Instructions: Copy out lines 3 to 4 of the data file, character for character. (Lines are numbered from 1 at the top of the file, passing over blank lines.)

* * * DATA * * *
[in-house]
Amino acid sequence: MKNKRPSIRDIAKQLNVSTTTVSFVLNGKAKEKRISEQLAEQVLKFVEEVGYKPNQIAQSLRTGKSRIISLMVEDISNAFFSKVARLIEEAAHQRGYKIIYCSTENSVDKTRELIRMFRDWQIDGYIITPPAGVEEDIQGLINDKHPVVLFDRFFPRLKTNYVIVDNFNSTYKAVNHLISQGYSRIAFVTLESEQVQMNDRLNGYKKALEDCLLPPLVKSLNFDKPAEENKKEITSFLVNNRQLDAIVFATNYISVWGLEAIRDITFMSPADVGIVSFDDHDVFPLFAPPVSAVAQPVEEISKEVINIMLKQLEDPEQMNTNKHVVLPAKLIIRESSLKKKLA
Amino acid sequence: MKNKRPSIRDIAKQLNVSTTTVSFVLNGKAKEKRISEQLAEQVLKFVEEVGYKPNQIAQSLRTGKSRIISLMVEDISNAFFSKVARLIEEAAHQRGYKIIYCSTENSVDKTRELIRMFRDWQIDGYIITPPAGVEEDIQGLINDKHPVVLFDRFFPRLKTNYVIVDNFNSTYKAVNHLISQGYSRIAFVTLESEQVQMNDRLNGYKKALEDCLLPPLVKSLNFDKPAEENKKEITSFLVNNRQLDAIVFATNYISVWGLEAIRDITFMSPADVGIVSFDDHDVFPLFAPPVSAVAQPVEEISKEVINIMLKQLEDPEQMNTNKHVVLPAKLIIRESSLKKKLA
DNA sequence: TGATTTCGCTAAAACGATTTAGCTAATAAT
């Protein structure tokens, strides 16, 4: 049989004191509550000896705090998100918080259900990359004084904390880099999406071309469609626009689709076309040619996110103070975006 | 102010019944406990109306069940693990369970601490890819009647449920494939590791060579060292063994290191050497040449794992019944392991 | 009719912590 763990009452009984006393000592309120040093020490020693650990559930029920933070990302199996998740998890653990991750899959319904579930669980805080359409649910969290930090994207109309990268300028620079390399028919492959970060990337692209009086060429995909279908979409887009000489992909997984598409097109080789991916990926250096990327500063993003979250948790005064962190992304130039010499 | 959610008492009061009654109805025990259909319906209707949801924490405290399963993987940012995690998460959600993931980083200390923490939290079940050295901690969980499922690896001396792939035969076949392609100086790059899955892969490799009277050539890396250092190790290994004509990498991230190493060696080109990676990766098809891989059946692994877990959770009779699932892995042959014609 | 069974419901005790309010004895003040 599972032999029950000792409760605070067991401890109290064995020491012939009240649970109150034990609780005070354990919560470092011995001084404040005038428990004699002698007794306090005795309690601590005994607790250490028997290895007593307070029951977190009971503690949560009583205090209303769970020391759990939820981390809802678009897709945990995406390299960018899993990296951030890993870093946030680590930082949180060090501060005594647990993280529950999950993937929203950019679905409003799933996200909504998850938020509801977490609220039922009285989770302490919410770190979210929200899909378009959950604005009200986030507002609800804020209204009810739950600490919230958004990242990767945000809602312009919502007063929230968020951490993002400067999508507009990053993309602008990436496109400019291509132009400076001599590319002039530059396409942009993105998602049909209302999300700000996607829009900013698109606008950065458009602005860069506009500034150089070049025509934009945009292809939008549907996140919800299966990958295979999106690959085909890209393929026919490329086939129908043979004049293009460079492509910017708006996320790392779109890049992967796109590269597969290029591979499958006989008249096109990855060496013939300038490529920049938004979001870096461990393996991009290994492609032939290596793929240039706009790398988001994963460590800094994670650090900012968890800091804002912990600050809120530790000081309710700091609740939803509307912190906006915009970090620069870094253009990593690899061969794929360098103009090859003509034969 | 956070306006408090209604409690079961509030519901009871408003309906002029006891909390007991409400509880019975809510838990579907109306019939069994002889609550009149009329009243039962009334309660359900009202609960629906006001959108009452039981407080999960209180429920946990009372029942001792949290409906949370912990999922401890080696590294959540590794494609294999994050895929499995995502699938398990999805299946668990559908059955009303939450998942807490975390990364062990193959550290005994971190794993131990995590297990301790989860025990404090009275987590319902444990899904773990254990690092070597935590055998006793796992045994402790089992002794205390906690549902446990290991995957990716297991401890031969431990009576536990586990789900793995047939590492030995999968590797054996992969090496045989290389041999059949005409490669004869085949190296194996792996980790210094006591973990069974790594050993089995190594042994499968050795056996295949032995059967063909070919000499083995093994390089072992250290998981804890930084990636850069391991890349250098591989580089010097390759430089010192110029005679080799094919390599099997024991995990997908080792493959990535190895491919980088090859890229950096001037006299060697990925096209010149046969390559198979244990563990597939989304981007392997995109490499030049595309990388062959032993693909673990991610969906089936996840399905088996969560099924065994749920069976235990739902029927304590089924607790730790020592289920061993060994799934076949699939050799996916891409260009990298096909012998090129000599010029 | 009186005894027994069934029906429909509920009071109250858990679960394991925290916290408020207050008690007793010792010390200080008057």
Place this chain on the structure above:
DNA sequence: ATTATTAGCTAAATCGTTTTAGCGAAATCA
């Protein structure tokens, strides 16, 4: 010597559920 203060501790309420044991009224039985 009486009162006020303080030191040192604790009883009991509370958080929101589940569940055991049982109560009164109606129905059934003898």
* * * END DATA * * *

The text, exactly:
Amino acid sequence: MKNKRPSIRDIAKQLNVSTTTVSFVLNGKAKEKRISEQLAEQVLKFVEEVGYKPNQIAQSLRTGKSRIISLMVEDISNAFFSKVARLIEEAAHQRGYKIIYCSTENSVDKTRELIRMFRDWQIDGYIITPPAGVEEDIQGLINDKHPVVLFDRFFPRLKTNYVIVDNFNSTYKAVNHLISQGYSRIAFVTLESEQVQMNDRLNGYKKALEDCLLPPLVKSLNFDKPAEENKKEITSFLVNNRQLDAIVFATNYISVWGLEAIRDITFMSPADVGIVSFDDHDVFPLFAPPVSAVAQPVEEISKEVINIMLKQLEDPEQMNTNKHVVLPAKLIIRESSLKKKLA
DNA sequence: TGATTTCGCTAAAACGATTTAGCTAATAAT